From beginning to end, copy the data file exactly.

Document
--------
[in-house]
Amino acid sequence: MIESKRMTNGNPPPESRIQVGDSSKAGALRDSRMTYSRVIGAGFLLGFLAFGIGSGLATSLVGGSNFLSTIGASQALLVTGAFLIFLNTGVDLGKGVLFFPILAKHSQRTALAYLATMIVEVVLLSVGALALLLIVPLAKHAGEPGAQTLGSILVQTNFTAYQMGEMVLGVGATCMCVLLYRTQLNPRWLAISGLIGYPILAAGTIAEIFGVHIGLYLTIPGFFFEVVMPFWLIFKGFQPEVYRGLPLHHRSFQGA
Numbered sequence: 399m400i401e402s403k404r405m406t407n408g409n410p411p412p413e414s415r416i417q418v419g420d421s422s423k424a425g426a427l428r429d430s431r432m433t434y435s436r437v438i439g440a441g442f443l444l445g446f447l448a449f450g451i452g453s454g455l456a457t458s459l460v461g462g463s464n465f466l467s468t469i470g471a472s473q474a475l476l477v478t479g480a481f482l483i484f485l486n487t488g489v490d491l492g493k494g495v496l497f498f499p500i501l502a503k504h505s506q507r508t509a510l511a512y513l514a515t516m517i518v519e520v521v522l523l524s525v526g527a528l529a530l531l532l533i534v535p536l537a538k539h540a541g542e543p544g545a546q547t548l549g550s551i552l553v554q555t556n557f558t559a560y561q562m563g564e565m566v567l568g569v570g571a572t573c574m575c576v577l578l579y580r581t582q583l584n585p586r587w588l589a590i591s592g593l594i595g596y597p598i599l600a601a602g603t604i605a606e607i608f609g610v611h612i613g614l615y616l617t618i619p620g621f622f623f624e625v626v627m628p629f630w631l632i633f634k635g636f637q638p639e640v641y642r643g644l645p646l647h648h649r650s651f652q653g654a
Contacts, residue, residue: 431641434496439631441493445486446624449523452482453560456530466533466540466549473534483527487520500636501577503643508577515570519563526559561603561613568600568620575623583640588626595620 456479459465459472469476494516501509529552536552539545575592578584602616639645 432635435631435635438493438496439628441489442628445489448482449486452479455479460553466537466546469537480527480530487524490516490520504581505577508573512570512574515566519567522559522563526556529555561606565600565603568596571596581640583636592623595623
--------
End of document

[in-house]
Amino acid sequence: MIESKRMTNGNPPPESRIQVGDSSKAGALRDSRMTYSRVIGAGFLLGFLAFGIGSGLATSLVGGSNFLSTIGASQALLVTGAFLIFLNTGVDLGKGVLFFPILAKHSQRTALAYLATMIVEVVLLSVGALALLLIVPLAKHAGEPGAQTLGSILVQTNFTAYQMGEMVLGVGATCMCVLLYRTQLNPRWLAISGLIGYPILAAGTIAEIFGVHIGLYLTIPGFFFEVVMPFWLIFKGFQPEVYRGLPLHHRSFQGA
Numbered sequence: 399m400i401e402s403k404r405m406t407n408g409n410p411p412p413e414s415r416i417q418v419g420d421s422s423k424a425g426a427l428r429d430s431r432m433t434y435s436r437v438i439g440a441g442f443l444l445g446f447l448a449f450g451i452g453s454g455l456a457t458s459l460v461g462g463s464n465f466l467s468t469i470g471a472s473q474a475l476l477v478t479g480a481f482l483i484f485l486n487t488g489v490d491l492g493k494g495v496l497f498f499p500i501l502a503k504h505s506q507r508t509a510l511a512y513l514a515t516m517i518v519e520v521v522l523l524s525v526g527a528l529a530l531l532l533i534v535p536l537a538k539h540a541g542e543p544g545a546q547t548l549g550s551i552l553v554q555t556n557f558t559a560y561q562m563g564e565m566v567l568g569v570g571a572t573c574m575c576v577l578l579y580r581t582q583l584n585p586r587w588l589a590i591s592g593l594i595g596y597p598i599l600a601a602g603t604i605a606e607i608f609g610v611h612i613g614l615y616l617t618i619p620g621f622f623f624e625v626v627m628p629f630w631l632i633f634k635g636f637q638p639e640v641y642r643g644l645p646l647h648h649r650s651f652q653g654a
Contacts, residue, residue: 431641434496439631441493445486446624449523452482453560456530466533466540466549473534483527487520500636501577503643508577515570519563526559561603561613568600568620575623583640588626595620 456479459465459472469476494516501509529552536552539545575592578584602616639645 432635435631435635438493438496439628441489442628445489448482449486452479455479460553466537466546469537480527480530487524490516490520504581505577508573512570512574515566519567522559522563526556529555561606565600565603568596571596581640583636592623595623